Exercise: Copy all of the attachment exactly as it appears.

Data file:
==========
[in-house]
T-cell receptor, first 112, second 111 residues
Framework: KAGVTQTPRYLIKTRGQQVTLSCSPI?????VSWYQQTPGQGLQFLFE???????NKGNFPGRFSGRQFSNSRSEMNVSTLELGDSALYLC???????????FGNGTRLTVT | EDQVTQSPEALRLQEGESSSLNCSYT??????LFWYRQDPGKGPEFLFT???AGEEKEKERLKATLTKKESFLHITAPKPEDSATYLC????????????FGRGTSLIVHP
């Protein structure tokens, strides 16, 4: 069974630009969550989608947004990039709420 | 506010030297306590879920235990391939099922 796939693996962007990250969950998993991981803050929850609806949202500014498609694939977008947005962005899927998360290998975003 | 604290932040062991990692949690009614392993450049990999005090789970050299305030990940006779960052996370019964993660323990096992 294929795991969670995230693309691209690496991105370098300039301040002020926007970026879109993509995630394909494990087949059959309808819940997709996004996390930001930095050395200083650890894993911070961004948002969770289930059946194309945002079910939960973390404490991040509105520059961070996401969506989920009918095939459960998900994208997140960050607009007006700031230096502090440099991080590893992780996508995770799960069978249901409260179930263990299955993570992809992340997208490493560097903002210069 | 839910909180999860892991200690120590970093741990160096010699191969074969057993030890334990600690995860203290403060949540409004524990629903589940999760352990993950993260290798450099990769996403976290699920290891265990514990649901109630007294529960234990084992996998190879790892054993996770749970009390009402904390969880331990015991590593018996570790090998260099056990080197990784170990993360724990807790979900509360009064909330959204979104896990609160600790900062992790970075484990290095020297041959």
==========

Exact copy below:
[in-house]
T-cell receptor, first 112, second 111 residues
Framework: KAGVTQTPRYLIKTRGQQVTLSCSPI?????VSWYQQTPGQGLQFLFE???????NKGNFPGRFSGRQFSNSRSEMNVSTLELGDSALYLC???????????FGNGTRLTVT | EDQVTQSPEALRLQEGESSSLNCSYT??????LFWYRQDPGKGPEFLFT???AGEEKEKERLKATLTKKESFLHITAPKPEDSATYLC????????????FGRGTSLIVHP
């Protein structure tokens, strides 16, 4: 069974630009969550989608947004990039709420 | 506010030297306590879920235990391939099922 796939693996962007990250969950998993991981803050929850609806949202500014498609694939977008947005962005899927998360290998975003 | 604290932040062991990692949690009614392993450049990999005090789970050299305030990940006779960052996370019964993660323990096992 294929795991969670995230693309691209690496991105370098300039301040002020926007970026879109993509995630394909494990087949059959309808819940997709996004996390930001930095050395200083650890894993911070961004948002969770289930059946194309945002079910939960973390404490991040509105520059961070996401969506989920009918095939459960998900994208997140960050607009007006700031230096502090440099991080590893992780996508995770799960069978249901409260179930263990299955993570992809992340997208490493560097903002210069 | 839910909180999860892991200690120590970093741990160096010699191969074969057993030890334990600690995860203290403060949540409004524990629903589940999760352990993950993260290798450099990769996403976290699920290891265990514990649901109630007294529960234990084992996998190879790892054993996770749970009390009402904390969880331990015991590593018996570790090998260099056990080197990784170990993360724990807790979900509360009064909330959204979104896990609160600790900062992790970075484990290095020297041959």